Specialty Skills

You’ve got to Keep at it and Withstand the Tough Times to be Successful

woodyjohnson
Dr. Woody Johnson
Instructor

I just finished teaching an Extended Learning Track (XLT) class on the importance of documenting your trading. It was called “Awareness and Reprogramming.” One of the students complained that documenting was something that they did not enjoy and that it was therefore difficult to follow-through with. Actually, most endeavors that are of value involve tasks that are not in and of themselves enjoyable. But they must be done regardless if you want to be good at it. Trading is no different. Measuring and documenting your trading is absolutely critical to becoming successful. But, this article is not about documenting; it’s about being persistent in doing those things that despite being distasteful you do it anyway. Additionally, it’s about perseverance; that is, having the endurance to continue despite set-backs, issues and fatigue. Consider the following vignette:

Robert sighed when he saw the damage. It was a deep sigh due to the fact that this loss represented his fifth in a row. He had been trading the ES E-Mini during a particularly volatile time in the markets. He had identified a strong supply zone on the hourly chart and when he dropped down to the 5 minute chart he thought he saw confirmation of the supply zone there as well. He had quickly put together a plan to short with a 3:1 reward to risk ratio and placed his stop 2 points above the upper limit of the zone. When he entered the trade the price action immediately began to head south. Robert felt a surge of excitement, even though he privately realized that he did not want to get emotionally attached to this trade. Then, the price action began to retrace. Robert took a deep breath and reminded himself that the price action must breathe as well. But, he watched in dismay as it kept rising closer to his stop. He felt a strong almost overpowering urge to move his stop. After all, he told himself, hadn’t he lost enough!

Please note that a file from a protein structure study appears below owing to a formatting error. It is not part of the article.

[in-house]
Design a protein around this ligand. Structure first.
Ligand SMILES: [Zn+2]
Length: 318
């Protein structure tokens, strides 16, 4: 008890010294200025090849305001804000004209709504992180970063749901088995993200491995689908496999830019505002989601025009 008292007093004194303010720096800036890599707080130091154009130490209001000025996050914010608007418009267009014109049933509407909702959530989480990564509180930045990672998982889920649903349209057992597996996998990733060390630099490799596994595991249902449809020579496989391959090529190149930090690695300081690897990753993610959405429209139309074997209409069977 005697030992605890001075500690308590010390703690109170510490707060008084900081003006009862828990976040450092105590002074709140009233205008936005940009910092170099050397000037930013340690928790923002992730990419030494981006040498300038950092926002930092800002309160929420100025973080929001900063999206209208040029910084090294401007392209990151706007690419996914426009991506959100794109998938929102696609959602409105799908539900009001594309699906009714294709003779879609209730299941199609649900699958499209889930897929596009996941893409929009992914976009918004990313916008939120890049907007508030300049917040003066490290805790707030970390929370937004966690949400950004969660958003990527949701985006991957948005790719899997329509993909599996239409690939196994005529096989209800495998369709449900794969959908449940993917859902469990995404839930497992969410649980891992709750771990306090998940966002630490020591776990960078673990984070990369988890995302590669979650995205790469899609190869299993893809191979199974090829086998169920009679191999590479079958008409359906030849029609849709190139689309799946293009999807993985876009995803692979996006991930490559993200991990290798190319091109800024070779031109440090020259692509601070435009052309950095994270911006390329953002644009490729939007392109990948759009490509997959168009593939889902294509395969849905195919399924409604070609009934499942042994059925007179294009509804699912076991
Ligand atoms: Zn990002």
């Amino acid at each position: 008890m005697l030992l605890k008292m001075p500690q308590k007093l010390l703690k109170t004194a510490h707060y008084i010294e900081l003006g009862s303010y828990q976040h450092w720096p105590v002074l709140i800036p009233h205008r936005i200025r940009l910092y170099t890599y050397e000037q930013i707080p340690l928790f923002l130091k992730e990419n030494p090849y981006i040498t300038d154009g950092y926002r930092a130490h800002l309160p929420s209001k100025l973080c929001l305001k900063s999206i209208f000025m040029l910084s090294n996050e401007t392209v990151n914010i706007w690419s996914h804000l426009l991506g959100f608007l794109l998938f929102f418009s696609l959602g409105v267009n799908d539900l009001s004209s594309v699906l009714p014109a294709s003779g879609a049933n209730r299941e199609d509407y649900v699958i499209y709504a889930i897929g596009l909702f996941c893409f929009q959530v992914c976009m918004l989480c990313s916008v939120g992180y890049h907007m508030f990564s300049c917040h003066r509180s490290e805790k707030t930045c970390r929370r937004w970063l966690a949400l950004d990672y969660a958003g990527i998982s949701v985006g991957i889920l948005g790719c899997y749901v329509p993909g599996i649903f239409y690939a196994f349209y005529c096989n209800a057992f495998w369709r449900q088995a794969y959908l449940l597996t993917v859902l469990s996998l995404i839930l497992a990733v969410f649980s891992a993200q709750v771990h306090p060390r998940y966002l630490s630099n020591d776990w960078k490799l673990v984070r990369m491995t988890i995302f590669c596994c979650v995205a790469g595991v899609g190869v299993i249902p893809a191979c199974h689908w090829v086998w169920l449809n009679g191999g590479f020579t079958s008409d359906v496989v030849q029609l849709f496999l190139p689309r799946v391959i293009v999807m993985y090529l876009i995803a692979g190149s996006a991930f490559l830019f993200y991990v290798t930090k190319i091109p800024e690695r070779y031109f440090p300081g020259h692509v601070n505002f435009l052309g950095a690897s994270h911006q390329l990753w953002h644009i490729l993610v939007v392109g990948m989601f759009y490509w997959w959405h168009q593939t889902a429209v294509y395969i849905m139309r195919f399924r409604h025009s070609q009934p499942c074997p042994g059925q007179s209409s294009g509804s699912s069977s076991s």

Just then, even before he could have moved it, the candle spiked and hit his stop. To make matters worse, as he cursed under his breath, the green of the candle turned red and promptly plummeted. Over the next several minutes he watched angrily as the price action hit his target. Robert again felt a rising urge, almost a craving to jump back in to “revenge” against all the losses he had experienced. He was angry, frustrated and frazzled. Then, he stopped and took another deep breath standing up from his seat. After taking another couple of breaths and shaking and stretching his body, he asked himself a question. He inquired, “What must I be telling myself or believing to feel this anger and frustration?” He waited for a moment and heard from inside as if it were audible, “I can’t lose this many times in a row – that means that I’m a lousy trader!” Then he asked another question, “What is the objective reality?” Well, he thought, the reality is that this happens when trading and it has no negative meaning to my execution.

Actually, he went on to identify an alternative interpretation; he said, “I have traded well, the markets will do what they will do and I must remain focused on what is important … planning my trades, trading my plans and following my rules. After asking and identifying the answers to these questions he took a moment as he had done before to document the information. This is how he had discovered the negative patterns over time of thinking, feeling and doing. He also took a moment to access his purpose and vision for trading, which further supported him in doing what was in the interest of his A-Game. Then he chose a response, which was to let go of the urge to revenge trade; and in fact during the last couple of minutes as he had gone through the exercise, the energy surrounding the urge had gone down quite a bit.

trading strength

Robert had been persistent in remaining in the now in order to have the presence of mind to use the mental/emotional tools he had been taught. He had created consistency in his practice of the tools as well and he had built capacity for strength and endurance against the distracting emotions which were pressing him to get some relief from the discomfort of the urge by giving in to it. Due to the his diligence, he had effectively increased his comfort zone and was able to tolerate the anger and frustration long enough to reach in his tool belt and use the techniques. This process also helped him to persevere in this tough time despite feeling emotions that in the past had led him to violate his rules.